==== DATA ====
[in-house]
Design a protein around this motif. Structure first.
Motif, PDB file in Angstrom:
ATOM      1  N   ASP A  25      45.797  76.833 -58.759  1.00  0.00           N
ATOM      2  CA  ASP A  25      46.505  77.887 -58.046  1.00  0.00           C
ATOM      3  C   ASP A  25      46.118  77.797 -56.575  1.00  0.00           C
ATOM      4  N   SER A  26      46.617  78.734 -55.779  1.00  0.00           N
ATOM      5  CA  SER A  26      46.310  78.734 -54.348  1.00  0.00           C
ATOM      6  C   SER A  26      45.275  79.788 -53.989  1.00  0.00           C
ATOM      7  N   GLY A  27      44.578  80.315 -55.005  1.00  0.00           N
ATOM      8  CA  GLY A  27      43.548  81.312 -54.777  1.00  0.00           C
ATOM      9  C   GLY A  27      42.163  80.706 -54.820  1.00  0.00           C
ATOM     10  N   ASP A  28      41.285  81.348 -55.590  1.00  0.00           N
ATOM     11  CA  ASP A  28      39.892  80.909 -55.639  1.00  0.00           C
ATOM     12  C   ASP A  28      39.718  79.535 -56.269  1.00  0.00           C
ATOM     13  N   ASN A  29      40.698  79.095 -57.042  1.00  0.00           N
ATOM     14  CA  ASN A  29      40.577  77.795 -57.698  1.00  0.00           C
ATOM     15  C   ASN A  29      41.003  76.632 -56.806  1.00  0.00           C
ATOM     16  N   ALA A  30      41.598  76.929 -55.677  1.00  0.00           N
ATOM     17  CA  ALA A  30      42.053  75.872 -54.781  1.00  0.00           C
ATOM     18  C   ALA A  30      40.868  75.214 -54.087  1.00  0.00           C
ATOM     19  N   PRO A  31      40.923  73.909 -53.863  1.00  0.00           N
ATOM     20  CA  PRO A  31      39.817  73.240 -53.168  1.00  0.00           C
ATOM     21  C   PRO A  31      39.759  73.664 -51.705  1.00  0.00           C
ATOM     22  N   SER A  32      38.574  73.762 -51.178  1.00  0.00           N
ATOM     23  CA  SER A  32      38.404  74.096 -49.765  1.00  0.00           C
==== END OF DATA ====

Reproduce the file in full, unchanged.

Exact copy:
[in-house]
Design a protein around this motif. Structure first.
Motif, PDB file in Angstrom:
ATOM      1  N   ASP A  25      45.797  76.833 -58.759  1.00  0.00           N
ATOM      2  CA  ASP A  25      46.505  77.887 -58.046  1.00  0.00           C
ATOM      3  C   ASP A  25      46.118  77.797 -56.575  1.00  0.00           C
ATOM      4  N   SER A  26      46.617  78.734 -55.779  1.00  0.00           N
ATOM      5  CA  SER A  26      46.310  78.734 -54.348  1.00  0.00           C
ATOM      6  C   SER A  26      45.275  79.788 -53.989  1.00  0.00           C
ATOM      7  N   GLY A  27      44.578  80.315 -55.005  1.00  0.00           N
ATOM      8  CA  GLY A  27      43.548  81.312 -54.777  1.00  0.00           C
ATOM      9  C   GLY A  27      42.163  80.706 -54.820  1.00  0.00           C
ATOM     10  N   ASP A  28      41.285  81.348 -55.590  1.00  0.00           N
ATOM     11  CA  ASP A  28      39.892  80.909 -55.639  1.00  0.00           C
ATOM     12  C   ASP A  28      39.718  79.535 -56.269  1.00  0.00           C
ATOM     13  N   ASN A  29      40.698  79.095 -57.042  1.00  0.00           N
ATOM     14  CA  ASN A  29      40.577  77.795 -57.698  1.00  0.00           C
ATOM     15  C   ASN A  29      41.003  76.632 -56.806  1.00  0.00           C
ATOM     16  N   ALA A  30      41.598  76.929 -55.677  1.00  0.00           N
ATOM     17  CA  ALA A  30      42.053  75.872 -54.781  1.00  0.00           C
ATOM     18  C   ALA A  30      40.868  75.214 -54.087  1.00  0.00           C
ATOM     19  N   PRO A  31      40.923  73.909 -53.863  1.00  0.00           N
ATOM     20  CA  PRO A  31      39.817  73.240 -53.168  1.00  0.00           C
ATOM     21  C   PRO A  31      39.759  73.664 -51.705  1.00  0.00           C
ATOM     22  N   SER A  32      38.574  73.762 -51.178  1.00  0.00           N
ATOM     23  CA  SER A  32      38.404  74.096 -49.765  1.00  0.00           C